PhD in Mathematical Neuroscience: The dynamics of branched nonlinear dendritic trees
A fully funded PhD studentship in the area of Mathematical Neuroscience is currently
available within the Centre for Mathematical Medicine, School of Mathematical
Sciences, University of Nottingham, UK. The offer is open to European Union citizens
only.
Project description
A single neuron consists of a cell body and the branched processes,
called dendrites, emanating from it. The tree is the largest
volumetric component of neural tissue in the brain, and consumes 60%
of the brains energy. Importantly, the developmental changes in
dendrites have been proposed as a mechanism for learning and memory.
Furthermore, experiments have shown a definite relationship between
dendritic branching structure and neuronal firing patterns. As
dendrites form the predominant elements in neurons, so dendritic
spines form the dominant component of many types of dendritic
trees. They are small mushroom like appendages with a bulbous head and
a tenuous stem and may be found in their hundreds of thousands on the
dendritic tree of a single cortical pyramidal cell. These extensions
of the dendritic tree provide junction points for the axons of other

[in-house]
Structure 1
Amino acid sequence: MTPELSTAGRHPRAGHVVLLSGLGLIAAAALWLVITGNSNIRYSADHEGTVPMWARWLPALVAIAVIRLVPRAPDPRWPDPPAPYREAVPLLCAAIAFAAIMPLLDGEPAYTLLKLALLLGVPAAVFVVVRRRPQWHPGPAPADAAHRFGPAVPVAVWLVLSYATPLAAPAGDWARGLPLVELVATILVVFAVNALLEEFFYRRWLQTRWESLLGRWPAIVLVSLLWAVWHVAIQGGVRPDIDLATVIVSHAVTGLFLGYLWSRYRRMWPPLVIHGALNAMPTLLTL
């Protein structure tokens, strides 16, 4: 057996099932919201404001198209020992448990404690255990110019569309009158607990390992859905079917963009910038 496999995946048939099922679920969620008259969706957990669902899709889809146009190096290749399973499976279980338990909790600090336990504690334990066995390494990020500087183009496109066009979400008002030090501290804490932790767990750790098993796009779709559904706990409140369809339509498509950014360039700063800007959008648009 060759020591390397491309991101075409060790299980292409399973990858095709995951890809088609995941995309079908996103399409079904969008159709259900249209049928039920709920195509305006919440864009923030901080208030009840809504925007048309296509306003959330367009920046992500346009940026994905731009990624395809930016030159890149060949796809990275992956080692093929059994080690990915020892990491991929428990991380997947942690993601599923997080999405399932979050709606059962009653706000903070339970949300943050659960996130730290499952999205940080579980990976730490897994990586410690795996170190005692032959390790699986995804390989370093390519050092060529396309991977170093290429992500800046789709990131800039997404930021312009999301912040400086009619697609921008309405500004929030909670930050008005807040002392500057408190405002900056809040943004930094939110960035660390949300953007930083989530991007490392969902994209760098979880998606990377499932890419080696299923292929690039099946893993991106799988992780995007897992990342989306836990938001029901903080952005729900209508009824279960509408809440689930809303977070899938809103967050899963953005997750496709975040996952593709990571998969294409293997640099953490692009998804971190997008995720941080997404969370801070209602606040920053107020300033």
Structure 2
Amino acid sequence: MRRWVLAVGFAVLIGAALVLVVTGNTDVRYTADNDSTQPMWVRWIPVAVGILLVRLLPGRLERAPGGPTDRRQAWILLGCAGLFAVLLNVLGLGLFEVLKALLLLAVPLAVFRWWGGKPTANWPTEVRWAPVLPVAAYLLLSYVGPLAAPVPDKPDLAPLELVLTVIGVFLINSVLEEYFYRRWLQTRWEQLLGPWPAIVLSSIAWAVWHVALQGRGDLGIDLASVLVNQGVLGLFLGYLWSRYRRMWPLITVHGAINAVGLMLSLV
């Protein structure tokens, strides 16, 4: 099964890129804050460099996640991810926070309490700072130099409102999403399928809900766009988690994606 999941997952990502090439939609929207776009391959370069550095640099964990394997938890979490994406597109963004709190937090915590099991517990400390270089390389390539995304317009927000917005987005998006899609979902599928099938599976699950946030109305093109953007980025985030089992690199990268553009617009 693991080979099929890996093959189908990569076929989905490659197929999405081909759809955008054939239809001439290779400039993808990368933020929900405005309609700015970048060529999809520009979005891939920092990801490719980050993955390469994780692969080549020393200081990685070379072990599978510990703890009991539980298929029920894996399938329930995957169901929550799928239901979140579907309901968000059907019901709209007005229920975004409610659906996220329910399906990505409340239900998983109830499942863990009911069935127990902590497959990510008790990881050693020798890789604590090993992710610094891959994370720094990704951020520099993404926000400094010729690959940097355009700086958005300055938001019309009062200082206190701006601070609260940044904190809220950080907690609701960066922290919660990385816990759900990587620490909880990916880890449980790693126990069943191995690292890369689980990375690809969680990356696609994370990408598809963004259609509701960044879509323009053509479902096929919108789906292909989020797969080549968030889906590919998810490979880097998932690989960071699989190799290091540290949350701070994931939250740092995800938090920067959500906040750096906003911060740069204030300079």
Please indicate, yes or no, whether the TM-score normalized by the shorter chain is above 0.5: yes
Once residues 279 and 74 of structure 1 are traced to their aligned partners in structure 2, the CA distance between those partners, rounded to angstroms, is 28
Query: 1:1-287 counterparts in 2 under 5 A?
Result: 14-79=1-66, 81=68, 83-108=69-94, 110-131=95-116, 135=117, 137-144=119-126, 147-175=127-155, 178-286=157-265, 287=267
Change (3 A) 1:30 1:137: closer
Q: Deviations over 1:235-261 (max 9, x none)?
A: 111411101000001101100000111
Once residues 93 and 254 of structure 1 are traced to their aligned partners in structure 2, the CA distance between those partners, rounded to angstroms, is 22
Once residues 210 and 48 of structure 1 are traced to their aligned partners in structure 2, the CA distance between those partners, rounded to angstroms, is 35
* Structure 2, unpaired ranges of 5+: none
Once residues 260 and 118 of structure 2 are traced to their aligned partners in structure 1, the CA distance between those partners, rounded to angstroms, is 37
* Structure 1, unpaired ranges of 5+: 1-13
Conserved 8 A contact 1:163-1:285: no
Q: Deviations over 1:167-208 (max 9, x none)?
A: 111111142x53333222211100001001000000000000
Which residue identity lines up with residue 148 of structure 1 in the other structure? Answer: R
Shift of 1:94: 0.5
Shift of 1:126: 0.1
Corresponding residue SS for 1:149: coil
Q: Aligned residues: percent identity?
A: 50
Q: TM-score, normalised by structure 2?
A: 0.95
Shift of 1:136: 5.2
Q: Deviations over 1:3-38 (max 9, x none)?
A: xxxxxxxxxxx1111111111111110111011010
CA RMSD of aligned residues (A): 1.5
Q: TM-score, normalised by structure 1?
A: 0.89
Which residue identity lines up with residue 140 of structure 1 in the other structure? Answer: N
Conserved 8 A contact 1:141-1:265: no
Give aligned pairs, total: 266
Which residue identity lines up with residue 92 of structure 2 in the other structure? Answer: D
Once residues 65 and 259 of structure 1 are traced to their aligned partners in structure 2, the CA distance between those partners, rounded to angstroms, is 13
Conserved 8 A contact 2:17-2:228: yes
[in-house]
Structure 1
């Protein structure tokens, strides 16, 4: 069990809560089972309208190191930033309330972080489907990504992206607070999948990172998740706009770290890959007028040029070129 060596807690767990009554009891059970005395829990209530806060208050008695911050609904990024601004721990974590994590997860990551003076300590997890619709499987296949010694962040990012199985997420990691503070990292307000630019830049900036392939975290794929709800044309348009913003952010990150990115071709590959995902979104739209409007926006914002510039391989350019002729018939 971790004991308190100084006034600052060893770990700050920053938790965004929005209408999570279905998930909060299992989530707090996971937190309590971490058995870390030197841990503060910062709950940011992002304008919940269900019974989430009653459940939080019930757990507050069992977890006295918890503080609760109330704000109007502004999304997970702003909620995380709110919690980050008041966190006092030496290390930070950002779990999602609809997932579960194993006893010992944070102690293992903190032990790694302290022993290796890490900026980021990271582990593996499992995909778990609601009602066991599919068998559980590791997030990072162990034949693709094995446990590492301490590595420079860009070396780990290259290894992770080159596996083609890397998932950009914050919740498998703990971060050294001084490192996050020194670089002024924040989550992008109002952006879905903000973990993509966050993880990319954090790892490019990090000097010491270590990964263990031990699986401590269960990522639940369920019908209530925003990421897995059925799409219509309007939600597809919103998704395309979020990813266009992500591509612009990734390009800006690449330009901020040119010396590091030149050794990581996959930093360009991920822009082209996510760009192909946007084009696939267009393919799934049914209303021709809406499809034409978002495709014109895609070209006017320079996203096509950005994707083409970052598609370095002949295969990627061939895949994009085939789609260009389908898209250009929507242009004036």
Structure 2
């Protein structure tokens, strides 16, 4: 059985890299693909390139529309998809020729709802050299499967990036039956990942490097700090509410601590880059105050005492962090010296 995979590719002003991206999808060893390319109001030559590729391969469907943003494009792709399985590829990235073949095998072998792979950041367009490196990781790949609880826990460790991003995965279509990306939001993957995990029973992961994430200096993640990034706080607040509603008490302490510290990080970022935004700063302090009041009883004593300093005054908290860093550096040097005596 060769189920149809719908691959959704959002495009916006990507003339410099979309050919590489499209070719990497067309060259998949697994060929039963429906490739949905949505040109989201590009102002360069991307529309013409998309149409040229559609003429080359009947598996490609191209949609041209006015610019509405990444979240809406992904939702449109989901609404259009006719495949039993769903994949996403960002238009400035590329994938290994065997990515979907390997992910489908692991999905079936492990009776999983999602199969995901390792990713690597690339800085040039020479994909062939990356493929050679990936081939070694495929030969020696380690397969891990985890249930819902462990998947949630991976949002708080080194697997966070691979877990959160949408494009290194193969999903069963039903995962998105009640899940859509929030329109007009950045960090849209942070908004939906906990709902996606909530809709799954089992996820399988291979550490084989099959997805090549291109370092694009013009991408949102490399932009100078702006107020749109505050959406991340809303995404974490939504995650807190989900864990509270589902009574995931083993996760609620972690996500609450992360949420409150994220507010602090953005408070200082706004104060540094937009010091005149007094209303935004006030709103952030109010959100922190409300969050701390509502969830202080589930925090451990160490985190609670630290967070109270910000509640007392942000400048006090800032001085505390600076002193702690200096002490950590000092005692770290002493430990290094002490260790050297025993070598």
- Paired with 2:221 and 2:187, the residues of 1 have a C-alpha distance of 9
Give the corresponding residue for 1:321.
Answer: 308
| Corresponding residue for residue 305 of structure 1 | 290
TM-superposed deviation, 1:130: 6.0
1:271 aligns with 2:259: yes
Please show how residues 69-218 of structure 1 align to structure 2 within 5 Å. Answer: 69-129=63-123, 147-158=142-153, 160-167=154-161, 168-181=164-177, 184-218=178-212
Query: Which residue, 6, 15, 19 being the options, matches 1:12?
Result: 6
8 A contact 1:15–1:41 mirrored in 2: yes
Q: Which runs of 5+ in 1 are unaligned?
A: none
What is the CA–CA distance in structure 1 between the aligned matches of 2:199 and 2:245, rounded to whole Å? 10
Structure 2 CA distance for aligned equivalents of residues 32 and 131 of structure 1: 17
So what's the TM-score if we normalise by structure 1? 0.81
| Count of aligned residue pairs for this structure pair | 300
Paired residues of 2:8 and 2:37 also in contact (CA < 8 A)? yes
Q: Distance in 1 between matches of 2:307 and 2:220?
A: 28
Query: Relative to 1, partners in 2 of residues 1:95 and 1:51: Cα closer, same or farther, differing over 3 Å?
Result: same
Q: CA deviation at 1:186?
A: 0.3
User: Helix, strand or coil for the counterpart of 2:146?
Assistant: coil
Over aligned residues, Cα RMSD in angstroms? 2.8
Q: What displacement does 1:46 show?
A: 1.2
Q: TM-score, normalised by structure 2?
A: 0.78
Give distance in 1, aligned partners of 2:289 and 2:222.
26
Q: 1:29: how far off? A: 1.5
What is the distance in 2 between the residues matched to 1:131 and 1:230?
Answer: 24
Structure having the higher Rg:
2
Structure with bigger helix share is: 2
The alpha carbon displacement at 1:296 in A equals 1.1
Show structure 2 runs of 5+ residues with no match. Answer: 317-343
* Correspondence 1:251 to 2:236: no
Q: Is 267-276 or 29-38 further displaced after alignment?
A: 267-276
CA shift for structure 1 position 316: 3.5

neurons, and thus serve as loci for receiving inputs. Direct
observations confirm earlier speculations that spine heads possess
excitable channels capable of generating action potentials
(spikes). As a consequence signal processing in the spatially extended
dendritic tree is likely to be highly nonlinear. Theoretical
explorations of the biophysical consequences of such nonlinearities
have shown that global signals, in the form of travelling waves, may
arise from a succession of local all-or-none events at the spine
heads. A PhD student will consider the scattering of nonlinear waves
in branching dendritic trees with active spines, neural response to
synaptic input and the effects of biophysically motivated Hebbian
learning schemes. This will involve drawing upon a number of
techniques from different scientific disciplines, predominantly from
nonlinear dynamics, numerical analysis of stochastic and deterministic
systems and techniques from different scientific disciplines,
predominantly from nonlinear dynamics, numerical analysis of
stochastic and deterministic systems and computational neuroscience.
Further details can be found at
http://www.maths.nottingham.ac.uk/personal/sc/phd.html
This project would be suitable for candidates with a good class degree in
mathematics, physics or computational neuroscience.
The successful candidate would be expected to take up their studies by 1st October
2005.
In the first instance enquiries should be addressed to
Dr Steve Coombes
Centre for Mathematical Medicine
School of Mathematical Sciences
University of Nottingham
Nottingham
NG7 2RD
UK